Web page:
Behringer B-1 vs B-2

These two large-diaphragm condenser microphones from Behringer are likely to be among the first condenser microphones that audio engineers on a budget lay their hands on. What’s the fuss about? Are these good microphones? And how do they differ?


The Behringer B-1 and B-2 are Behringer’s top of the range microphones. As part of the B series, they are true condensers (unlike the C series). The B-2 comes in two generations – the original and the Pro. The B-2 and B-2 Pro are basically indistinguishable and the name seems to reflect a redesign of some of the internal components. Behringer receives a lot of criticism online but I think much of it is unjustified and people are just repeating myths. Some Behringer mics aren’t great but the B-1 in particular is one of the good ones and represents excellent value for money.

The key difference is that the B-1 has one diaphragm while the B-2 has two. This means the B-1 permanently has a cardioid pickup pattern, while the B-2 is switchable between three different polar patterns. This makes it a more versatile microphone, but the inevitable compromises in the switchable design mean it has slightly worse sensitivity and noise characteristics.

Behringer B-1 Behringer B-2
Condenser, 1″ single diaphragm Transducer type Condenser, 1″ dual diaphragm
Pressure gradient Operating principle Pressure gradient
Cardioid Polar pattern Cardioid, omnidirectional or figure-of-8
Gold-plated balanced XLR connector Connection Gold-plated balanced XLR connector
-34±2 dBV Open circuit voltage at 1kHz -36 dBV (cardioid)
-37 dBV (omnidirectional)
-35 dBV (figure-of-8)
20 mV/Pa Open circuit sensitivity 16 mV/Pa (cardioid)
14 mV/Pa (omnidirectional)
18mV/Pa (figure-of-8)
20 Hz – 20 kHz Frequency range 20 Hz – 20 kHz
-10dB (switchable) Level attenuation -10dB (switchable)
6dB/oct at 75Hz (switchable) Low-cut filter 6dB/oct at 150Hz (switchable)
138 dB Max SPL (1% THD @ 1kHz) 138 dB (cardioid)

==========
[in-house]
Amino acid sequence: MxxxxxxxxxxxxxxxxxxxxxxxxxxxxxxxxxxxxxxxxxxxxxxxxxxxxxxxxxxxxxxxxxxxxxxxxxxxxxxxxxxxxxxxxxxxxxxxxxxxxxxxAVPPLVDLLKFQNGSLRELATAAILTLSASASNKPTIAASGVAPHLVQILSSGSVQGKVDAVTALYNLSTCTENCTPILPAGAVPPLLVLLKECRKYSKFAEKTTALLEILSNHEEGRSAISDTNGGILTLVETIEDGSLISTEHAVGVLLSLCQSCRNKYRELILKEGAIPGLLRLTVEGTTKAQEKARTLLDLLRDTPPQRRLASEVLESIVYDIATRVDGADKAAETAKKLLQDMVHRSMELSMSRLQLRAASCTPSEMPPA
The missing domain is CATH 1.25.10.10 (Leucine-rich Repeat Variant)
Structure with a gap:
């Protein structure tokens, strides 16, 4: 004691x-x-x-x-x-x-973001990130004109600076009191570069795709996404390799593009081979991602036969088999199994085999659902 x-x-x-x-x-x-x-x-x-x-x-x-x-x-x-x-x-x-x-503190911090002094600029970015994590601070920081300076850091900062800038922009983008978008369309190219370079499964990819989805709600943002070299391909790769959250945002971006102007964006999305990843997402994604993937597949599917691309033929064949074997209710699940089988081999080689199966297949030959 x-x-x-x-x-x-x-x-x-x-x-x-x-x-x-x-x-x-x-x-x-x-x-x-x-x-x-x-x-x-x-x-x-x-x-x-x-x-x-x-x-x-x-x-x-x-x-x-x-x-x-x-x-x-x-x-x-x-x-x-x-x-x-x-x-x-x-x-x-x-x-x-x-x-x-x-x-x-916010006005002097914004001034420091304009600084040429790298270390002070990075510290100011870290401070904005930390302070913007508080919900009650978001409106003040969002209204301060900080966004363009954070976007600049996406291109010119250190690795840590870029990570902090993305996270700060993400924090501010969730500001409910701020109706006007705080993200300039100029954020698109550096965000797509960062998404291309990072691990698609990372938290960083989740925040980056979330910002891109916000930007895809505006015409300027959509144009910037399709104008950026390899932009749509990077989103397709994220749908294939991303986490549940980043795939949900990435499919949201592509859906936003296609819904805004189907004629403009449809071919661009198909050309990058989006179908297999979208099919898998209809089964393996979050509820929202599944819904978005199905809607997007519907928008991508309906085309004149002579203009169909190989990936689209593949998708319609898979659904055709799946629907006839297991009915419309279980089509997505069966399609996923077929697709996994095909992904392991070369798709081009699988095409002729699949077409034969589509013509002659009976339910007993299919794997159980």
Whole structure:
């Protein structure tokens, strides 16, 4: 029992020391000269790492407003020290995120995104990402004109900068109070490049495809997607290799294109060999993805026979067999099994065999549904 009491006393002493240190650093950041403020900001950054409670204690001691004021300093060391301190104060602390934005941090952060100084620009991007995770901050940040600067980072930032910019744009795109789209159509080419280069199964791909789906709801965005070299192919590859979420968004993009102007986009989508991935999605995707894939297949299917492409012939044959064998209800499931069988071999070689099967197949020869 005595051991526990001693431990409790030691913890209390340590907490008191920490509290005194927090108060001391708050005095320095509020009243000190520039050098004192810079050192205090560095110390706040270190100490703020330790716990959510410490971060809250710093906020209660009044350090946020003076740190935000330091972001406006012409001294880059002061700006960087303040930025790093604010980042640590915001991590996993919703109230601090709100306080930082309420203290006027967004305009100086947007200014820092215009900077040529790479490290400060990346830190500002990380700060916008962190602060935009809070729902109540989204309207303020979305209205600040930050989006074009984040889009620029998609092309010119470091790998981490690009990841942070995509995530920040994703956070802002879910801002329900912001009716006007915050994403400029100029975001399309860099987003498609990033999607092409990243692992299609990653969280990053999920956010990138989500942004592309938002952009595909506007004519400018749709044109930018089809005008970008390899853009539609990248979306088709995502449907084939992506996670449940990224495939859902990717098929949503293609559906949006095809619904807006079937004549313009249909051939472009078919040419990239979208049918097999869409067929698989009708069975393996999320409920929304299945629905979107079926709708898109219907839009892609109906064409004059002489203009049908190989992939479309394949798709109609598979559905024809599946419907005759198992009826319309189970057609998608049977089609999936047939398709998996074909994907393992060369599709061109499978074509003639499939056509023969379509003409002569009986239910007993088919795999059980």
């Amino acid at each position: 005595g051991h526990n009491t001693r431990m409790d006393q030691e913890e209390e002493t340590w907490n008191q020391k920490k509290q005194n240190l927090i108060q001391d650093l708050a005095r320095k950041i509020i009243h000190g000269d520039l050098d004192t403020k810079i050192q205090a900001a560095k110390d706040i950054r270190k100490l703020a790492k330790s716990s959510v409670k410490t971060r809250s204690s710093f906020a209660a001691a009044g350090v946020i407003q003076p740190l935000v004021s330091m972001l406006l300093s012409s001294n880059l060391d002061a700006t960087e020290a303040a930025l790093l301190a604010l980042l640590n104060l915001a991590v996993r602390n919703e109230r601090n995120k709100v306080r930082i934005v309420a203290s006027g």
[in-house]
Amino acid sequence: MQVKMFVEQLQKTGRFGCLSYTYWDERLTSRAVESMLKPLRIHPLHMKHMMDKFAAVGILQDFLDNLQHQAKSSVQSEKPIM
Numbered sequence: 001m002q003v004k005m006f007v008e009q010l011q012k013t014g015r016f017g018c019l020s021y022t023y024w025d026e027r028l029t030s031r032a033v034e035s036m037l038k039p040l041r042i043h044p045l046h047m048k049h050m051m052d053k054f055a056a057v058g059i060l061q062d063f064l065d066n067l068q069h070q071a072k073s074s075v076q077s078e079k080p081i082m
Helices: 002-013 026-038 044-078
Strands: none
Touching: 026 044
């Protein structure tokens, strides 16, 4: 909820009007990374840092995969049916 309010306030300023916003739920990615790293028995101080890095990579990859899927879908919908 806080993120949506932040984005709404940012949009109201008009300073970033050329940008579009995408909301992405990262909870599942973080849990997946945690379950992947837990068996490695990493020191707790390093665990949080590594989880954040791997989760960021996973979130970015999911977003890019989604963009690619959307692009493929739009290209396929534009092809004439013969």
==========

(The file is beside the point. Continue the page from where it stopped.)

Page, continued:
139 dB (omnidirectional)
137 dB (figure-of-8)
13 dB Equivalent SPL 17 dB
18 dB
16 dB
81 dB Signal-to-noise ratio re 1 Pa 77 dB
76 dB
78 dB
50Ω Nominal impedance <100Ω
> 1kΩ Load impedance > 1kΩ
∅ head 58mm
Length 174mm
Dimensions ∅ head 56mm
∅ shaft 50mm
Length 210mm
0.45 kg Weight 0.55 kg

In practice, you are probably unlikely to hear these differences. Don’t be fooled into thinking the B-2 is “better” because it has Pro in the title, or costs more. These are two different microphones for different purposes. I would suggest buying the B-1 unless you have a specific need for omnidirectional or figure-of-8 pickup.

Omnidirectional close-miking of instruments and voices is useful to avoid the proximity effect, if you have a nice-sounding room. The figure-of-8 pattern makes this microphone useful in a mid-side setup or a Blumlein pair.

Of course with any microphone review, words are meaningless and it’s all about the sound. In my tests, I was generally unsatisfied with the quality of the B-2 as part of a mid-side setup. I later did a direct comparison by recording female vocals with the B-1 and B-2 in turn. I thought the B-2 sounded thin, metallic and harsh. The B-1 was smoother by comparison. In the end, I thought the B-2s were unsuitable for my work so I sold them and bought a Sontronics STC-3X instead. That is much smoother for use in a mid-side pair.

In summary, I think the Behringer B-1 is a keeper but the B-2 is one to skip. The B-1 is a better choice for cardioid pickup and for omni or figure-of-8, there are many choices.

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